During the last five days, a media spotlight has been cast on the Sixth Circuit as legal pundits and observers try to dissect last Wednesday’s oral arguments in the same-sex marriage appeals before the Court. The three-judge panel which heard the appeals included Judges Martha Craig Daughtrey of Tennessee, Jeffrey Sutton of Columbus, and Deborah Cook of Akron. They devoted three straight hours of oral argument to the appeals.
Judge Sutton was the most active judge on the panel, and his questions were thoughtful and balanced. He asked critical questions of both sides. On the one hand, Judge Sutton repeatedly questioned why same-sex marriages supporters are focused on the judiciary rather than the legislature. “I would have thought the best way to get respect and dignity is through the democratic process,” Sutton said. “Nothing happens as quickly as we’d like it. . . . I’m not 100% sure it’s the better route for the gay rights community,” he added. On the other hand, Judge Sutton suggested that the arguments offered by the state in support of same-sex marriage bans were weak, and that they would be hard to defend if they were reviewed under a heightened standard of review.
Judge Daughtrey also engaged in some spirited exchanges during oral arguments. When Michigan’s lawyer argued that the judiciary should not tamper with deeply rooted notions of traditional marriage, Judge Daughtrey shot back that bans on interracial marriage also were deeply enshrined in American law before the U.S. Supreme Court struck them down as unconstitutional. “That was the law across a huge swath of the Southern states,’ Daughtery said. In contrast, Judge Cook was relatively quiet during oral argument.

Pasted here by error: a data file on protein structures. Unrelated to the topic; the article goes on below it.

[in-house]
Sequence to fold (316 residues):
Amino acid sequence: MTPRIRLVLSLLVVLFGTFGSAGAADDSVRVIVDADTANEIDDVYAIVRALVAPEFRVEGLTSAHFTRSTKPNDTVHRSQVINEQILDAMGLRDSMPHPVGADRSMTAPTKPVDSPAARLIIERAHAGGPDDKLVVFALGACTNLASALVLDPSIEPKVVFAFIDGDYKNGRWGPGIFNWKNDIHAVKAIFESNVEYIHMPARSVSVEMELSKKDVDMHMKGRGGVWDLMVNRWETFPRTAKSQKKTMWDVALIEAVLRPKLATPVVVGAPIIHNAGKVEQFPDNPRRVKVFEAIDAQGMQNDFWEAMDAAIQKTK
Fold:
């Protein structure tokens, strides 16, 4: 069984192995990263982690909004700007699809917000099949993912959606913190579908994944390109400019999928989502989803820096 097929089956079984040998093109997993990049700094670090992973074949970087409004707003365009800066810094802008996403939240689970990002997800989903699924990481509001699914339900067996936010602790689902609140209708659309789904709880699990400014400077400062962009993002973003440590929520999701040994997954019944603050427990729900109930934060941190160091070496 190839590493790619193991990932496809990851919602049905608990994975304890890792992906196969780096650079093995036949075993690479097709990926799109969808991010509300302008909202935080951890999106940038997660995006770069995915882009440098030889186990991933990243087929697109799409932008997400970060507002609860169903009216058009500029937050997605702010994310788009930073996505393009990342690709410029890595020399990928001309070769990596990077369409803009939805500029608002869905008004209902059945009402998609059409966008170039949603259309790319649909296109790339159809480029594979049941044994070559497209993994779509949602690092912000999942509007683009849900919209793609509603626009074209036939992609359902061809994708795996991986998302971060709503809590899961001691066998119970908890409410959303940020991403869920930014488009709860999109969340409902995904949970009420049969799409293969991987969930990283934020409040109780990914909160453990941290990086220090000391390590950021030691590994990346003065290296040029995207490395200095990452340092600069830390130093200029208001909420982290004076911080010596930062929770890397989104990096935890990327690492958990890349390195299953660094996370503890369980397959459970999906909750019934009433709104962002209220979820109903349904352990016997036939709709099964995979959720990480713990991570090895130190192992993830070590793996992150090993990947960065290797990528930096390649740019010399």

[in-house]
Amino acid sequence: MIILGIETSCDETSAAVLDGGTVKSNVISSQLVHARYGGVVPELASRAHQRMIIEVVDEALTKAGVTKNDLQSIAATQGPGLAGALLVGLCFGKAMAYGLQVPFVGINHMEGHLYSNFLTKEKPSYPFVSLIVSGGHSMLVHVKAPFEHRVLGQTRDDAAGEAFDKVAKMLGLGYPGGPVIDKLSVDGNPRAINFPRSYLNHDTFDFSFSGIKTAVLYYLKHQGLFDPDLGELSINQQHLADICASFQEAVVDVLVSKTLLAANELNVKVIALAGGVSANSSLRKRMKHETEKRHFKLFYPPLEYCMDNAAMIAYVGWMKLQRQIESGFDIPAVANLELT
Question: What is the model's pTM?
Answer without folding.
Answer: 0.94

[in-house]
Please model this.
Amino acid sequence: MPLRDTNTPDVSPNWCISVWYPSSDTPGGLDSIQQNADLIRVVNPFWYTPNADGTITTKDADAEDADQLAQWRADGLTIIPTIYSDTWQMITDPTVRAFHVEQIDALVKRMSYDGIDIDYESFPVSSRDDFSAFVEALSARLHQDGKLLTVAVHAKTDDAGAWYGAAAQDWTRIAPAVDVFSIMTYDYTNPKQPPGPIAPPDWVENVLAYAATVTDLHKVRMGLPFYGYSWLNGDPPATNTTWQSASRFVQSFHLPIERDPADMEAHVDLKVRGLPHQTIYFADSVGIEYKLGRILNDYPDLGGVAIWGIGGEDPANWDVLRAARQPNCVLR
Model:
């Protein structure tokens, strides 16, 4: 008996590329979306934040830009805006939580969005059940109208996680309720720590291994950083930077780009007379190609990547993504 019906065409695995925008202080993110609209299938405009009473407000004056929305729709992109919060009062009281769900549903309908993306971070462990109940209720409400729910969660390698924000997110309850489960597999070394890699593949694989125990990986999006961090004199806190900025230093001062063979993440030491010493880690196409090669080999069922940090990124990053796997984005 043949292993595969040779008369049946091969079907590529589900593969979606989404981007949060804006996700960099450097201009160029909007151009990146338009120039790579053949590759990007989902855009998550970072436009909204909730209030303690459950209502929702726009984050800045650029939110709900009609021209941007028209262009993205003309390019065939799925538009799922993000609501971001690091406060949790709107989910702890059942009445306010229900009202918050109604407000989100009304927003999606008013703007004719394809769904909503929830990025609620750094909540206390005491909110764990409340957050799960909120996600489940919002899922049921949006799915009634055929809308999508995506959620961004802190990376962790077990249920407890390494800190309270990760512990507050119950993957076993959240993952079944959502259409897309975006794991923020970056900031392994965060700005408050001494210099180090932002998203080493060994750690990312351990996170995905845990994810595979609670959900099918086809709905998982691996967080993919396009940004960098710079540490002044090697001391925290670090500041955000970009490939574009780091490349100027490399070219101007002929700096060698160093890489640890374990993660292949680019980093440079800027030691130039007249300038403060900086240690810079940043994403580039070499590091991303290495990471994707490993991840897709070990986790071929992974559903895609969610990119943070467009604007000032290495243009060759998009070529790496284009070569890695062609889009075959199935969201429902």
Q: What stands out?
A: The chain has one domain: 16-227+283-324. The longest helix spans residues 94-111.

Reports in several major media outlets suggest that the Sixth Circuit’s decisions remain a toss-up, with the overall panel leaning toward a rejection of the constitutional arguments for same-sex marriage. But don’t take the media’s word for it. An audio link to the Sixth Circuit’s oral arguments can be found here.
A couple of observations: First, if the Sixth Circuit rules in favor of the states, its decision will create a circuit split with the Fourth and Tenth Circuits, both of which have overturned same-sex marriage bans. Second, as Judge Sutton recognized at the close of oral arguments, the Sixth Circuit will not be the last word in the same-sex marriage battles. The U.S. Supreme Court almost certainly will hear the legal challenge, regardless of whether the Sixth Circuit creates a circuit split. Third, given the high-profile nature of these appeals, expect prompt decisions from the Sixth Circuit, with opinions in as little as two months. We’ll, of course, be right there to cover the latest developments at the Sixth Circuit.